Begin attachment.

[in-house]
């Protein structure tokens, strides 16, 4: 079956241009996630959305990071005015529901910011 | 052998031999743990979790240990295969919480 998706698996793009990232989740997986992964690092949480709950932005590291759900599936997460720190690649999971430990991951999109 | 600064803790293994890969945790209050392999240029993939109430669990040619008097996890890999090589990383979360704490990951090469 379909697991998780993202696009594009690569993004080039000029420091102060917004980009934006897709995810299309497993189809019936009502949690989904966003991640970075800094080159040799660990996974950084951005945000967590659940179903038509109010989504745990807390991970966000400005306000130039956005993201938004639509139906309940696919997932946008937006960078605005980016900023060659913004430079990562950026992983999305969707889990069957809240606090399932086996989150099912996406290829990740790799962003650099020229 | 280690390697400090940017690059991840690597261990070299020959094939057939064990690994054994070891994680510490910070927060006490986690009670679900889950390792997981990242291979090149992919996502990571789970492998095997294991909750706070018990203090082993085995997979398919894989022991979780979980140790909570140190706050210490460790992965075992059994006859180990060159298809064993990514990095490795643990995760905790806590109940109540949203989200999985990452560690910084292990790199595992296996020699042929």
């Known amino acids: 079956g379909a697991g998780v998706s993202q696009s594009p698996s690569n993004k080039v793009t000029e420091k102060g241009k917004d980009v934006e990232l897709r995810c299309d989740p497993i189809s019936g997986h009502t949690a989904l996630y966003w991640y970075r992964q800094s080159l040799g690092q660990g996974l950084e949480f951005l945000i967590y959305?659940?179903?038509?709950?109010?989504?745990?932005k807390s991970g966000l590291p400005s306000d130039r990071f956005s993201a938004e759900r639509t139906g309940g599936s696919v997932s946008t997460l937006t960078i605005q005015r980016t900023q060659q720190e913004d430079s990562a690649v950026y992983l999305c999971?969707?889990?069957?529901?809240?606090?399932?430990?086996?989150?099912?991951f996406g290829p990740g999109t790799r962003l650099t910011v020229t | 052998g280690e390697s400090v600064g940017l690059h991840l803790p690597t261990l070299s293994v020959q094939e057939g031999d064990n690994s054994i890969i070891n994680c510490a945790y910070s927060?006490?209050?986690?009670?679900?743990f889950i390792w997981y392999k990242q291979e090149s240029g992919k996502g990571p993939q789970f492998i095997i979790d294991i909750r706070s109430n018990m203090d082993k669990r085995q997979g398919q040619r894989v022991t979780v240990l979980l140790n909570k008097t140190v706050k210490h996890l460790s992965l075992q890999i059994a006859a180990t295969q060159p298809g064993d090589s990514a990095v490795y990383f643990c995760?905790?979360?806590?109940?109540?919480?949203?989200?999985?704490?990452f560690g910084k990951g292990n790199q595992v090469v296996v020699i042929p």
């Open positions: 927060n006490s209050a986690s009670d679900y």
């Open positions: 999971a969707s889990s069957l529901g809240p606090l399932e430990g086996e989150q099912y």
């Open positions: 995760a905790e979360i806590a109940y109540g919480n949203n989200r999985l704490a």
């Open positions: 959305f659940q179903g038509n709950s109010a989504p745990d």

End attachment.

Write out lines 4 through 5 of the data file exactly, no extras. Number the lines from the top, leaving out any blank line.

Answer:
């Open positions: 927060n006490s209050a986690s009670d679900y």
């Open positions: 999971a969707s889990s069957l529901g809240p606090l399932e430990g086996e989150q099912y």